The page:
That's a chord that strikes me in the story. The characters are all rejected by silence. There was no voice of rejection, something that is tangible. Instead it was ambiguous silence that reached their ears and I personally hate that. I hate getting the silent treatment from people. That game doesn't fly with me, a big believer in communication.
So, there are many elements in Hinterlands that affect me in very profound ways. I encourage you to read it, Constant Reader. Here's an excerpt from it.
We're like intelligent housefiles wandering through an international airport; some of us actually manage to blunder onto flights to London or Rio, maybe even survive the trip and make it back. "Hey," say the other flies, "what's happening on the other side of that door? What do they know that we don't?" At the edge of the Highway every human language unravels in your hands -- except, perhaps, the language of the shaman, of the cabalist, the language of the mystic intent on manipulating hierarchies of demons, andgels, saints.
But the Highway is governed by rules, and we've learned a few of them. That gives us something to cling to.
Rule One: One entity per ride; no teams, no couples.
Rule Two: No artificial intelligences; whatever's out there won't stop for a smart machine, at least not the kind we know how to build.
Rule Three: Recording instruments are a waste of space; they always come back blank.
Dozens of new schools of physics have spring up in Saint Olga's wake, ever more bizarre and more elegant heresies, each one hoping to shoulder its way to the inside track. One by one, they all fall down. In the whispering quiet of Heaven's nights, you imagine you can hear the paradigms shatter, shades of theory tinkling into brilliant dust as the lifework of some corporate think tank is reduced to the tersest historical footnote, and all in the time it takes your damaged traveler to mutter some fragment in the dark.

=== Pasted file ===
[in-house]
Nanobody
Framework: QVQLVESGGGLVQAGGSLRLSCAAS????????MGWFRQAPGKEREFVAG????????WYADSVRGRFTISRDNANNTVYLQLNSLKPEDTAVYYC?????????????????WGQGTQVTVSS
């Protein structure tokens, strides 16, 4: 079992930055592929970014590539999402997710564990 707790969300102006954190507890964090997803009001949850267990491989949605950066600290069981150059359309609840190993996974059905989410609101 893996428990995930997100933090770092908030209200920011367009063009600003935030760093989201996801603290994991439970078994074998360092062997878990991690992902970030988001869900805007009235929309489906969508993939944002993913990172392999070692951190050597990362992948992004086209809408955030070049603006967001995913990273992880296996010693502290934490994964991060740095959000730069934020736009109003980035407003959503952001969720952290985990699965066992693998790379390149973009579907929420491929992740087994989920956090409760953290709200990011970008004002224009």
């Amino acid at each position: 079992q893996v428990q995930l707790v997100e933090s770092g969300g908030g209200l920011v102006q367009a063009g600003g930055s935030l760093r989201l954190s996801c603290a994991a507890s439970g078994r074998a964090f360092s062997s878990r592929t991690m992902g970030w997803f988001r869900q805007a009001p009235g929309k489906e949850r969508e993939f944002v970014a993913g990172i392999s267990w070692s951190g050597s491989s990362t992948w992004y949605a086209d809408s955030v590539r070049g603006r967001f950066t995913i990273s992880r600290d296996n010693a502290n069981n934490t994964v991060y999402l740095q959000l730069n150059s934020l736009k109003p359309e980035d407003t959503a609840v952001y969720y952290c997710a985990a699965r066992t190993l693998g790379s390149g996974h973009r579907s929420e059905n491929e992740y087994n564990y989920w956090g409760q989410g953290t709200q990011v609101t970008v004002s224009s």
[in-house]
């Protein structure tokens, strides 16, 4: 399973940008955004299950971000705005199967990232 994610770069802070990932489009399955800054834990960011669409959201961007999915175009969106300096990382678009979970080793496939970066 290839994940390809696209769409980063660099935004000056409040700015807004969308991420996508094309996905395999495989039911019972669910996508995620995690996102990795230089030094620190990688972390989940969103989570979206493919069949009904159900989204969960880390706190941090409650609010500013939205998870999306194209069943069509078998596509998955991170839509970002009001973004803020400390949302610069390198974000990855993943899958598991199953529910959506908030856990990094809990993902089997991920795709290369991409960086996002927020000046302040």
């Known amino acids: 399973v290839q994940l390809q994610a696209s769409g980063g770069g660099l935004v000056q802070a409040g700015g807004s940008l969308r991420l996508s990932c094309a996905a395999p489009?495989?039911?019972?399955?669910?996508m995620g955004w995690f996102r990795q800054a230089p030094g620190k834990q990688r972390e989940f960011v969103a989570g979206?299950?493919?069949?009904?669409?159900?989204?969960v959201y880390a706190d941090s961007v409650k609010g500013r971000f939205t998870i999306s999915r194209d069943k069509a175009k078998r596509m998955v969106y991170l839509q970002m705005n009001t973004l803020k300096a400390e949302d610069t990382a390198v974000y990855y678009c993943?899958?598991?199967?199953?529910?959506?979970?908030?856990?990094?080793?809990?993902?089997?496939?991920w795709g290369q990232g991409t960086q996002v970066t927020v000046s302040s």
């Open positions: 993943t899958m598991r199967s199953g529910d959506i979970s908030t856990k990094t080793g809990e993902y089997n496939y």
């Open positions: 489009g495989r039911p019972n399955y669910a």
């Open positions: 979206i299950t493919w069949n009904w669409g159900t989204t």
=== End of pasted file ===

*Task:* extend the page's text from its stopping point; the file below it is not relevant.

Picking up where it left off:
Flies in an airport, hitching rides. Flies are advised not to ask too many questions; flies are advised not to try for the Big Picture. Repeated attempts in that direction invariably lead to the slow, relentless flowering of paranoia, your mind projecting huge, dark patterns on the walls of night, patterns that have a way of solidifying, becoming madness, becoming religion. Smart flies stick with Black Box theory; Black Box is the sanctioned metaphor, the Highway remaining x in every sane equation. We aren't supposed to worry about what the Highway is, or who put it there. Instead, we concentrate on what we put into the Box and what we get back out of it. There are things we send down the Highway (a woman named Olga, her ship, so many more who've followed) and things that come to us (a madwoman, a seashell, artifacts, fragments of alien technologies). The Black Box theorists assure us that our primary concern is to optimize this exchange. We're out here to see that our species gets its money's worth. Still, certain things become increasingly evident; one of them is that we aren't the only flies who've found their way into an airport. We've collected artifacts from at least half a dozen wildly divergent cultures. "More hicks," Charmain calls them. We're like pack rats in the hold of a freighter, trading little pretties with rats from other ports. Dreaming of the bright lights, the big city.
Keep it simple, a matter of In and Out. Leni Hofmannstahl: Out.